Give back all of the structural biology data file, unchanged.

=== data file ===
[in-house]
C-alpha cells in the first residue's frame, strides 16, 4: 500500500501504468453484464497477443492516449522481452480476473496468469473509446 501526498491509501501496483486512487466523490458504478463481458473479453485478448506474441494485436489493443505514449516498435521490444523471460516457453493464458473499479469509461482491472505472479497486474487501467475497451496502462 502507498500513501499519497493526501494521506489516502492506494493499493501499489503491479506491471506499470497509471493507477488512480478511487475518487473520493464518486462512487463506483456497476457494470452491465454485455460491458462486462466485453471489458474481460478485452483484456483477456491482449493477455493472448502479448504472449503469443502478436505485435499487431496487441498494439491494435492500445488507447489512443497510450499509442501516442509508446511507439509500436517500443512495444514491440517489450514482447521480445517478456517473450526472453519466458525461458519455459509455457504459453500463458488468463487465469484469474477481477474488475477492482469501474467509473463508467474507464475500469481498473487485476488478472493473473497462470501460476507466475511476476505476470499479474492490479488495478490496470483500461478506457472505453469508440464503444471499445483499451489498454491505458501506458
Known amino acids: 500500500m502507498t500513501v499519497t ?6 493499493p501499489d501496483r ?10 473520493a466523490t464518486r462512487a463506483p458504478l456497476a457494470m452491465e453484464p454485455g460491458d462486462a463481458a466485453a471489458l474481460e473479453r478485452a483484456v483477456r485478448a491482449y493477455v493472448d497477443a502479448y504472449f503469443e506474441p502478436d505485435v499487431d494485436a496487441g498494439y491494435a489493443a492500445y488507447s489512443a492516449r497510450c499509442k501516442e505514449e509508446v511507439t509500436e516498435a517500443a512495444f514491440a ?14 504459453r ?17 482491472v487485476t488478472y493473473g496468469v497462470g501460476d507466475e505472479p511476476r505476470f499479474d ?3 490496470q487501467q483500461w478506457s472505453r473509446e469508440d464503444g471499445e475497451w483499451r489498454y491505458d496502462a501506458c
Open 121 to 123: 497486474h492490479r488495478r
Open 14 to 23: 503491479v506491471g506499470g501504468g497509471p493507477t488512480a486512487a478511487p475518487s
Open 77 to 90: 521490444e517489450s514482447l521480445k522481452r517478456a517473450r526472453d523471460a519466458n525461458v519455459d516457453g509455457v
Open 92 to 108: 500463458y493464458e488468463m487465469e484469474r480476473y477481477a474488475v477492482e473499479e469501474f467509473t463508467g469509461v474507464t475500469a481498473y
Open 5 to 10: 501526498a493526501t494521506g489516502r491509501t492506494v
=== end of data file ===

[in-house]
C-alpha cells in the first residue's frame, strides 16, 4: 500500500501504468453484464497477443492516449522481452480476473496468469473509446 501526498491509501501496483486512487466523490458504478463481458473479453485478448506474441494485436489493443505514449516498435521490444523471460516457453493464458473499479469509461482491472505472479497486474487501467475497451496502462 502507498500513501499519497493526501494521506489516502492506494493499493501499489503491479506491471506499470497509471493507477488512480478511487475518487473520493464518486462512487463506483456497476457494470452491465454485455460491458462486462466485453471489458474481460478485452483484456483477456491482449493477455493472448502479448504472449503469443502478436505485435499487431496487441498494439491494435492500445488507447489512443497510450499509442501516442509508446511507439509500436517500443512495444514491440517489450514482447521480445517478456517473450526472453519466458525461458519455459509455457504459453500463458488468463487465469484469474477481477474488475477492482469501474467509473463508467474507464475500469481498473487485476488478472493473473497462470501460476507466475511476476505476470499479474492490479488495478490496470483500461478506457472505453469508440464503444471499445483499451489498454491505458501506458
Known amino acids: 500500500m502507498t500513501v499519497t ?6 493499493p501499489d501496483r ?10 473520493a466523490t464518486r462512487a463506483p458504478l456497476a457494470m452491465e453484464p454485455g460491458d462486462a463481458a466485453a471489458l474481460e473479453r478485452a483484456v483477456r485478448a491482449y493477455v493472448d497477443a502479448y504472449f503469443e506474441p502478436d505485435v499487431d494485436a496487441g498494439y491494435a489493443a492500445y488507447s489512443a492516449r497510450c499509442k501516442e505514449e509508446v511507439t509500436e516498435a517500443a512495444f514491440a ?14 504459453r ?17 482491472v487485476t488478472y493473473g496468469v497462470g501460476d507466475e505472479p511476476r505476470f499479474d ?3 490496470q487501467q483500461w478506457s472505453r473509446e469508440d464503444g471499445e475497451w483499451r489498454y491505458d496502462a501506458c
Open 121 to 123: 497486474h492490479r488495478r
Open 14 to 23: 503491479v506491471g506499470g501504468g497509471p493507477t488512480a486512487a478511487p475518487s
Open 77 to 90: 521490444e517489450s514482447l521480445k522481452r517478456a517473450r526472453d523471460a519466458n525461458v519455459d516457453g509455457v
Open 92 to 108: 500463458y493464458e488468463m487465469e484469474r480476473y477481477a474488475v477492482e473499479e469501474f467509473t463508467g469509461v474507464t475500469a481498473y
Open 5 to 10: 501526498a493526501t494521506g489516502r491509501t492506494v